Science of Risk Management

What’s more primordial than fire? It’s easy to think that fire is a static threat, and defenses against it can be static. So it was surprising to see that changes in home design and contents are leading to fires spread much faster, and that the Canadian Commission on Building and Fire Codes is considering mandates for home sprinklers.

The CBC’s “Rise in fast-burning house fires heats up calls for sprinklers in homes” has a good discussion of the changing threat, the costs of mitigation, and the tradeoffs entailed.

While everyone else is talking about APT, I want to talk about risk thinking versus outcome thinking. I have a lot of colleagues who I respect who like to think about risk in some fascinating ways. For example, there’s the Risk Hose and SIRA folks. I’m inspired by To Encourage Biking, Cities Lose the Helmets:…

Read More Bicycling & Risk

Adam just posted a question about CEO “willingness to pay” (WTP) to avoid bad publicity regarding a breach event.  As it happens, we just submitted a paper to Workshop on the Economics of Information Security (WEIS) that proposes a breach impact estimation method that might apply to Adam’s question.  We use the WTP approach in a…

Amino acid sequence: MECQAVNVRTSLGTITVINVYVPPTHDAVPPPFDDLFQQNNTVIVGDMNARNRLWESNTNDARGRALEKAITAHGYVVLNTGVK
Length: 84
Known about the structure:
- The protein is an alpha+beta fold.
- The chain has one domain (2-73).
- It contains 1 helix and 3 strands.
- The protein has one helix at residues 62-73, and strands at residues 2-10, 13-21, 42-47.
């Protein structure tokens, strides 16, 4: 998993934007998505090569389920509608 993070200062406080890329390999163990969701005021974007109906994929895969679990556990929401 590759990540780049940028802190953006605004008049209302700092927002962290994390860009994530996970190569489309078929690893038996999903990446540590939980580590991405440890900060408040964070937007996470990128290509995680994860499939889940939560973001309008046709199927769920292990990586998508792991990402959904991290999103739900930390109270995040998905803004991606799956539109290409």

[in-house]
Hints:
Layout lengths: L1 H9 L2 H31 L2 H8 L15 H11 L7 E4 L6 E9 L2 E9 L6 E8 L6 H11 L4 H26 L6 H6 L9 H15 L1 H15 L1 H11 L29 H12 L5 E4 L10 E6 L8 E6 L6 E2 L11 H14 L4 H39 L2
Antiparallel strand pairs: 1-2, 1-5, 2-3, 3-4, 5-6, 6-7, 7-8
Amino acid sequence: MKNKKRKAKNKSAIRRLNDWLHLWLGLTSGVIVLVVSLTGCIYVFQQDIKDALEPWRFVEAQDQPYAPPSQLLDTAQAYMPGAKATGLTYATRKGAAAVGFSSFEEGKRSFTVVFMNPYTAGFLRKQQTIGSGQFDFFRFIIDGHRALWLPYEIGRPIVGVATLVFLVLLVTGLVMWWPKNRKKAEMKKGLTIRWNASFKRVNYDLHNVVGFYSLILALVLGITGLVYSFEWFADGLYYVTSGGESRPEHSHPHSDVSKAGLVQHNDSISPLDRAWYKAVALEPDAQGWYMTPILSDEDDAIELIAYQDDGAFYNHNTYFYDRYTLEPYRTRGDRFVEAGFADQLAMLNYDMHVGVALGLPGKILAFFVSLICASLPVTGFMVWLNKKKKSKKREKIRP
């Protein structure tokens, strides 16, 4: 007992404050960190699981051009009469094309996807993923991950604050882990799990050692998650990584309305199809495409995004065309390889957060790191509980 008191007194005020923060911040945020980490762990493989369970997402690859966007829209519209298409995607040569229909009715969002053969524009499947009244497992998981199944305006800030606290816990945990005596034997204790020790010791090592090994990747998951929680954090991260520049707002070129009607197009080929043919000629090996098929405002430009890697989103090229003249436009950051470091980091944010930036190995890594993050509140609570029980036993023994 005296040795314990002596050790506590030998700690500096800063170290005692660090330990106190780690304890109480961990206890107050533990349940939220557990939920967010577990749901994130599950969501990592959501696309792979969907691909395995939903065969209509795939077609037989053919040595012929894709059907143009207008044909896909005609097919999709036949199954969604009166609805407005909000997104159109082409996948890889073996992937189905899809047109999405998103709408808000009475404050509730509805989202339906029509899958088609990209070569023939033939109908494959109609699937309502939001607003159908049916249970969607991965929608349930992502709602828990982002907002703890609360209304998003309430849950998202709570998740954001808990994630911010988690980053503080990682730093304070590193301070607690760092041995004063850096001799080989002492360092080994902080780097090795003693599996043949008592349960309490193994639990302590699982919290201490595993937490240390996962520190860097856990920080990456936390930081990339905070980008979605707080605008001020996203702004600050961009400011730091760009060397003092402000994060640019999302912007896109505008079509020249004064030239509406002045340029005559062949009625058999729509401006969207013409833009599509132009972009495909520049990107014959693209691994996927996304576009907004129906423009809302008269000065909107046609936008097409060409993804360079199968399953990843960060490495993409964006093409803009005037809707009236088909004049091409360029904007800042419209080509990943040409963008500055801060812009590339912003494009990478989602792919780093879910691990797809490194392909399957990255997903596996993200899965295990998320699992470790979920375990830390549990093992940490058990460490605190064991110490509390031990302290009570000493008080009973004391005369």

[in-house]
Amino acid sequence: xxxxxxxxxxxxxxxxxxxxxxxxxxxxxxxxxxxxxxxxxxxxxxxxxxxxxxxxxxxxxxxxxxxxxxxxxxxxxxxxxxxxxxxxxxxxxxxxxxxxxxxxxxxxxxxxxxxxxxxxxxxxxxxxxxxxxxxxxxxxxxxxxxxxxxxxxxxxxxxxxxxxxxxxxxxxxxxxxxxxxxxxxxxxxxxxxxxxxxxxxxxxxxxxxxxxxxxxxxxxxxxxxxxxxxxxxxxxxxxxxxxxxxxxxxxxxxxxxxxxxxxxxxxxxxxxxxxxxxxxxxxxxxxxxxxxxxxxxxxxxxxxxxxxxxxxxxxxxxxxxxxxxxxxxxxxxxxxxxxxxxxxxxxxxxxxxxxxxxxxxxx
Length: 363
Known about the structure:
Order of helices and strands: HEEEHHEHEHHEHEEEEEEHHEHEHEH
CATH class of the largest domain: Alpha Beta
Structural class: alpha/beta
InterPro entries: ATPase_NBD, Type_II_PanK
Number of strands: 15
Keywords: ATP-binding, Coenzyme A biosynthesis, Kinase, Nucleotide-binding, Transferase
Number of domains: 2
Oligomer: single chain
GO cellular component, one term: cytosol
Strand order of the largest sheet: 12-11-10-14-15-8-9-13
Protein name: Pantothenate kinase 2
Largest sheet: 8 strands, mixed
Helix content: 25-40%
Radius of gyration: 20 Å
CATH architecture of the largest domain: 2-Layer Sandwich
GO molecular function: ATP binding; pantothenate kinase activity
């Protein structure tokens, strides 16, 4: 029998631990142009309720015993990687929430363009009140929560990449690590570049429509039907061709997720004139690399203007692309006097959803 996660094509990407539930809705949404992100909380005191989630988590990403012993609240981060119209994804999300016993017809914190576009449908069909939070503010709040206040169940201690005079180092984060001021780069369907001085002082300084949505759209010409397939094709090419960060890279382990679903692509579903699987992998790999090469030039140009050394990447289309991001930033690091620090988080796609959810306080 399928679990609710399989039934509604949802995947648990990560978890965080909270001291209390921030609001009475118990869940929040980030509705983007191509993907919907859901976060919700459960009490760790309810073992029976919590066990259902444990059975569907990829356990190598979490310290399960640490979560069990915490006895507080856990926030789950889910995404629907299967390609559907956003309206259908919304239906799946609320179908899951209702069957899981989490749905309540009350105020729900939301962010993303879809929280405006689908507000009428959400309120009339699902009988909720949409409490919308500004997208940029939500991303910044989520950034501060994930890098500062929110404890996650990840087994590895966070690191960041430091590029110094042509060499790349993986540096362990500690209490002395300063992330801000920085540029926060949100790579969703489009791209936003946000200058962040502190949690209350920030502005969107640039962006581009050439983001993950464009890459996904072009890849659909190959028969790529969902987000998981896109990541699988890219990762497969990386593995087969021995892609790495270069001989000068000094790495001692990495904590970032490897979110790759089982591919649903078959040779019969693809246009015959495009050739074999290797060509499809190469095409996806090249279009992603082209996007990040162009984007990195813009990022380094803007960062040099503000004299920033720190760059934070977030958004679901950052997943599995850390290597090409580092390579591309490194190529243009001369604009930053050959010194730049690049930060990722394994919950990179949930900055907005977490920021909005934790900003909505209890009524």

Read More New paper: "How Bad Is It? — A Branching Activity Model for Breach Impact Estimation"

The past 10 years have been the best in the country’s aviation history with 153 fatalities. That’s two deaths for every 100 million passengers on commercial flights, according to an Associated Press analysis of government accident data. The improvement is remarkable. Just a decade earlier, at the time the safest, passengers were 10 times as…

Read More Aviation Safety

Norm Marks of the famous Marks On Governance blog has posted his 2012 wishlist.  His blog limits the characters you can leave in a reply, so I thought I’d post mine here. 1.  Norm Wishes for “A globally-accepted organizational governance code, encompassing both risk management and internal control” Norm, if you mean encompassing both so…

Read More Discussing Norm Marks' GRC Wishlist for 2012

In possibly the worst article on risk assessment I’ve seen in a while, David Lacey of Computerworld gives us the “Six Myth’s Of Risk Assessment.”  This article is so patently bad, so heinously wrong, that it stuck in my caw enough to write this blog post.  So let’s discuss why Mr. Lacey has no clue…

Read More The One Where David Lacey's Article On Risk Makes Us All Stupider